Now being honest, nothing challenges my personal understanding of forgiveness and non-judgemental behaviour more than abuse, and rape in particular. Allegorically, it is like going into someone’s house, stealing every possession from it, then burning the house to the ground.

Why choose this allegory? Well put simply because sexual abuse is a robber, that takes and plunders everything, from your dignity, through to your confidence, self-esteem and identity.

It is one of those scenarios where I truly believe you are never quite the same again. Childhood does not respect their right to bodily autonomy and control over their own body, but tears through it like a callous predator, a guillotine through the soul.

The part of Roache’s plea that I really struggle with personally, is the assumption we should forgive and be non-judgemental. Many religions preach forgiveness as a core belief. Now don’t get me wrong, I believe in forgiveness.

There are people, who can forgive their abusers, and I have the utmost respect for them, but knowing how much my own abuser damaged me (the abuse was not sexual however) I could not. I lived with his abuse long after he mercifully departed my life.

The sense also that we should forgive regardless of a conviction seems to me frankly barmy, and the highest in a hierarchy of insults to the victim of a paedophile. Whilst William Roache is busy preaching pure love, there is a victim somewhere being abused, another victim trying to untangle the mess that their life has become, and a further victim trying to recover from the trauma, trying to make sense of themselves and their history with many setbacks. Put simply, trying to live again. Thankfully though, there are also professionals and counsellors trying to debunk the victim blaming myth, as they dedicate their lives to working with victims. Counsellors acknowledging victims scars fully, and helping them to feel, and eventually, heal to a functional level though I don’t believe you ever heal completely.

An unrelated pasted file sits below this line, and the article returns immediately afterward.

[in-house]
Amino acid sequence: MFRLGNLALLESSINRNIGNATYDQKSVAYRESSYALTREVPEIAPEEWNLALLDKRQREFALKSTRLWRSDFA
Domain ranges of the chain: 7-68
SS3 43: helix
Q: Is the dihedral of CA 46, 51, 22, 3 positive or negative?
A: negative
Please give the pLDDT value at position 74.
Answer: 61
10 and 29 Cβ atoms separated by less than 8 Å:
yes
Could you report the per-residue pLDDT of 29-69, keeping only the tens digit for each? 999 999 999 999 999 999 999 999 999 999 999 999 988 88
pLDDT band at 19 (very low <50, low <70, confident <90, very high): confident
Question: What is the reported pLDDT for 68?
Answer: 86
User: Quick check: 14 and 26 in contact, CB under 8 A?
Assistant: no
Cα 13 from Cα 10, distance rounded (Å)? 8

Soaps deal with such storylines all the time and you would think their actors would know better, particularly with the Kirsty and Tyrone storyline about to conclude, coupled with the allegations Michael Le Vell (Kevin Webster in the ITV soap) is facing.

At the end of the day William Roache, this is not about pure love, forgiveness or being non-judgemental. It is about fractured children, who have to cope with the most visceral of intrusions into their bodies at a young age.

What antidote would William suggest to them, for their broken trust and relationships to heal? For the flashbacks and the nightmares they endure? Should they have to forgive their victims too?

Any judgement or lack of forgiveness paedophiles face is apposite to the crimes they commit. I struggle to see why some see them on a sexual spectrum, where it is deemed reasonable to find children attractive, as long as you do not act on it.

In my view, what this should encourage us to do is renew our support for victims, and to pay little attention to the inane misguided ramblings of the out of touch William Roache. He has said sorry which I respect, but to issue a diktat of forgiveness is beyond the pale. Paedophiles must recognise the gravity of what they have done, and the damage caused. The  love, caring, compassion and support should be for the victim. Whether they are prepared to forgive William Roache remains to be seen. It’ll take more than one of Deirdre’s burnt offerings to sort this Ken!